When in Hong Kong, an easy side trip to Macau takes you a world away to a fascinating mix of Asian boomtown and a centuries old blending of cultures.
Established as a Portuguese colony in 1557, Macau reverted back to China in 1999. Since then, its unique culture and history has taken a backseat to development into the mecca of gambling in Asia. Flamboyant casinos, sparkling in neon, have made the gaming business the largest industry in Macau. But, the old Macau is close at hand and provides a satisfying break from the high-wattage pace found in the new casinos and Hong Kong itself.
Arrive by ferry
Start your adventure with an easy, 1 hour ferry ride from Hong Kong. The city of Macau is a small peninsula, less than 3 miles long by one mile across, joined by bridges and reclaimed land to Taipa and Coloane islands. You could see a bit of historic Macau in a day trip, but staying a night or two will give you a chance to explore the historic areas of the peninsula, poke around the many excellent museums and sample the Macanese cuisine, a mix of Chinese and Portuguese styles evolved over the centuries.
Walking is the best way to see Macau’s historic charm and several walking tours are described on the Macau tourism’s website. Named a Unesco World Heritage site, the beautiful architecture of the city center is well preserved. A good place to start is Senado Square on Avienda de Almeida Ribeiro. Pick up information and maps at the tourist office there as you admire the mosaic paving and St. Dominic’s Church. Founded in 1587, the present church dates from the early 17thcentury. Across the street from the square is Leal Senado, built in 1784 and renovated in 1875. It has always been a municipal building and is worth a look around for its colonial architecture, small museum display and refreshing courtyard garden featuring blue and white tiles so reminiscent of Portugal. Wander around the hilly, winding streets in this area to get a glimpse of local life, with the mixing of Chinese and Portuguese architecture, language and foods.
Just west of Senado Square at 396 Avienda Almeida Ribeiro is the Cultural Club, housed in Tak Seng On, an old restored pawnshop. The architecture incorporates western and Chinese styles, and is a great stop to pick up quality gift items and souvenirs. There is a good collection of bamboo root carvings, jade pendants, art and cultural books as well as many types of teas – samples of which are complimentary.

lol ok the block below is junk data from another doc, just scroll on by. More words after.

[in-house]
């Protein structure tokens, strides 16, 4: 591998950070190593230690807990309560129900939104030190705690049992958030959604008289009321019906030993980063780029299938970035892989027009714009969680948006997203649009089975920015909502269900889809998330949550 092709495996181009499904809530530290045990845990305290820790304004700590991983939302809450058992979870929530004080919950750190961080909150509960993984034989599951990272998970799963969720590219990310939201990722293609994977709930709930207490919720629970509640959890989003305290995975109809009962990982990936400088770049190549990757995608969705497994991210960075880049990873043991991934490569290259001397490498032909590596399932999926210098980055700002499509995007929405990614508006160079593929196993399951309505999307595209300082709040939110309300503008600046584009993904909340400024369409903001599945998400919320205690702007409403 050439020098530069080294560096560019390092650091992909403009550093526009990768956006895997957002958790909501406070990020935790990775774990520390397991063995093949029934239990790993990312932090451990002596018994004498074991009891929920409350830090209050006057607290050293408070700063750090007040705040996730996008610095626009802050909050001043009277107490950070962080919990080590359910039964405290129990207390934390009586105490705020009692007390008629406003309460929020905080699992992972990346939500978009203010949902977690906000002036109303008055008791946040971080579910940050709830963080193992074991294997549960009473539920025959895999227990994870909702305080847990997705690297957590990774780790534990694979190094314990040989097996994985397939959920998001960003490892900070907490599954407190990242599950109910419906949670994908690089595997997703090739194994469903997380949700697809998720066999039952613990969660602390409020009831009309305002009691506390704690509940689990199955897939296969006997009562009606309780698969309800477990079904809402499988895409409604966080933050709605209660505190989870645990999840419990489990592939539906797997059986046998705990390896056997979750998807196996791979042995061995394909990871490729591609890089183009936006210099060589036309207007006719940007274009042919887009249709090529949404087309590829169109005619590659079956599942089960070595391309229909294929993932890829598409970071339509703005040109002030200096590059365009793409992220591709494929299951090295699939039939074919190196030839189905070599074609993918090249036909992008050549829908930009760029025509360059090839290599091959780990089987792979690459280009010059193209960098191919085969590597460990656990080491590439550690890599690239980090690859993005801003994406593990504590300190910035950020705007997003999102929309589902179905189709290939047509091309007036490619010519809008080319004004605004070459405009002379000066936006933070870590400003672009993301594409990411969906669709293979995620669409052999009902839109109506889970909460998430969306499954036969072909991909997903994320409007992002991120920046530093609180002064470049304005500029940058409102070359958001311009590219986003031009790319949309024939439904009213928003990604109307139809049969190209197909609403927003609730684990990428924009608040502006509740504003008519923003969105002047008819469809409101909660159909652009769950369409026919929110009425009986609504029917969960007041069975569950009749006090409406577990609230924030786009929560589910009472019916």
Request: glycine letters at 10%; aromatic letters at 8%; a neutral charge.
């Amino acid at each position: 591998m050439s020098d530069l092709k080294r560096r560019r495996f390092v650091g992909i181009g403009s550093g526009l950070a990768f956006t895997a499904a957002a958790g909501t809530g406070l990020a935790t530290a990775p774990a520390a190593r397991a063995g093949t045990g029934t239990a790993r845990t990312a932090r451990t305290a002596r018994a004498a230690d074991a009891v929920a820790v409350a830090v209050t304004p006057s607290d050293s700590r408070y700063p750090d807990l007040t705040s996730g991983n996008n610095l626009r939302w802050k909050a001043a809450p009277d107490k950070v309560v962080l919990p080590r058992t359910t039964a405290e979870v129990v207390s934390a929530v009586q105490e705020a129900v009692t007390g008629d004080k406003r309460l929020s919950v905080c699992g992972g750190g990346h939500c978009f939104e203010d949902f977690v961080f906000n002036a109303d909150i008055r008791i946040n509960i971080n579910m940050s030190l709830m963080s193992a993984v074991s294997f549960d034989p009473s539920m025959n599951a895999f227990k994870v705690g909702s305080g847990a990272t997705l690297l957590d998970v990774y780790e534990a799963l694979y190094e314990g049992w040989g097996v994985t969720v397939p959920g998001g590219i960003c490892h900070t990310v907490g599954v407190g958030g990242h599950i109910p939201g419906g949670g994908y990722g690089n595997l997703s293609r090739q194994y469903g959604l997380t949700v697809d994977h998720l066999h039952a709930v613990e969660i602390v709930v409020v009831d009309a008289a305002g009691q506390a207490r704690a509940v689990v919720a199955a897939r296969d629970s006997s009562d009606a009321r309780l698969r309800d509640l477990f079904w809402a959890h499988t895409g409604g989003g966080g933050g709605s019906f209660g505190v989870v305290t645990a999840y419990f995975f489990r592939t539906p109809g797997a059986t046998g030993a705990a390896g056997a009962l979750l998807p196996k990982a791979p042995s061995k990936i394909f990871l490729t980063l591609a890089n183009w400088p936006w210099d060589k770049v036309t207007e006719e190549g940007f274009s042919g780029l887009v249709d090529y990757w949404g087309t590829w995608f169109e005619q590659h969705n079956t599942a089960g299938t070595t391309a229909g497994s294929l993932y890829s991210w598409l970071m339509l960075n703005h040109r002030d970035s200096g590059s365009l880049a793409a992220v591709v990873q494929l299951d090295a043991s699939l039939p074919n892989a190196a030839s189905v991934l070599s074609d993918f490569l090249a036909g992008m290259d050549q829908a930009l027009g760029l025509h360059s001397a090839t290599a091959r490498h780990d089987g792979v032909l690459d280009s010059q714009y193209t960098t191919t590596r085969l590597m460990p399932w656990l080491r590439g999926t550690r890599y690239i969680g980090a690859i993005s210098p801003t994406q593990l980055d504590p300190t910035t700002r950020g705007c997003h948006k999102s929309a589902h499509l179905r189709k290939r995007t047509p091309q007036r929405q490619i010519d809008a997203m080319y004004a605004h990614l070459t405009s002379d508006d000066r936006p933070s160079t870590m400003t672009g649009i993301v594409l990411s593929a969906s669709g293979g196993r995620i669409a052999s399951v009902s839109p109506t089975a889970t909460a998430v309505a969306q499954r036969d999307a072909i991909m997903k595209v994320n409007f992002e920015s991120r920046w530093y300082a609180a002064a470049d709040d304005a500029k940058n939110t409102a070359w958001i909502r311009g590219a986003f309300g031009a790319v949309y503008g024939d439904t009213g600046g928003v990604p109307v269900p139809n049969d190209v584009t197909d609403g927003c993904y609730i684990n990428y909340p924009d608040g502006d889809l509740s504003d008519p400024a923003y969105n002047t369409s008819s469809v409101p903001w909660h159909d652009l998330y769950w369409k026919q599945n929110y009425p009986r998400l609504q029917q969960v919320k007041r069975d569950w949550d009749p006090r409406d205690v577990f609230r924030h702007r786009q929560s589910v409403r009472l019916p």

Museum of Macau and Ruins of St. Paul’s
On Rua de San Paulo above the Senado Square area are the spectacular ruins of St. Paul’s. The broad stairs leading up to the ruins are always teaming with visitors and it’s a great spot for photographs. The church was constructed in 1602, but lost to fire in 1835, leaving the façade. Nearby are sections of the old city walls, and the small Na Tcha Temple, built in 1888. Just above St. Paul’s is The Museum of Macau which has a permanent display of Macau’s history and traditions as well as visiting exhibitions and cultural events. The building is within the remains of the Mount fortress and has a good view of activity on the inner harbor.
Lilau Square and the Mandarin’s House
Heading south out towards the tip of the peninsula, the newly renovated Mandarian’s House is a real treat. Fronted by the shady Lilau Square, this mansion was begun around 1860, and was very large for a single family residence, with more than 60 rooms. When the descendants began to move elsewhere in the 1950’s and 60’s, the complex suffered from overcrowding and disrepair. Now magnificently restored, visitors are limited to 200 at any one time on the grounds, so online reservations are recommended. Guided and nonguided tours are available.
A-Ma Temple and Maritime Museum
At the entrance to the inner harbor is A-Ma temple, the oldest in Macau. It is dedicated to the Chinese goddess of seafaring. Parts of it are over 600 years old, and it was already in existence when the Portuguese arrived. Sprawling over a rocky slope, you explore the temple along winding paths, through moon gates and gardens. Right across the square from the temple is another place dedicated to the seafaring history of Macau, the Maritime Museum. It offers displays of full size and model boats of Chinese and Portugese heritage.
Stroll along the waterfront back to the city center
If you have time, walk back toward the hotels, casinos and ferry dock along the Avenida da Republica. This is a grand residential street with lovely homes and views across the Nam Van and Sai Van lakes.
After this glimpse of a unique colonial era culture, your ferry will transport you back to the 21st century in bustling Hong Kong.
Flights from Los Angeles to Hong Kong available on United, Continental, American and others, some direct, some with 1 or more stops.
Hong Kong to Macau ferry: www.turbojet.com.hk
Tourism office: www.macautourism.gov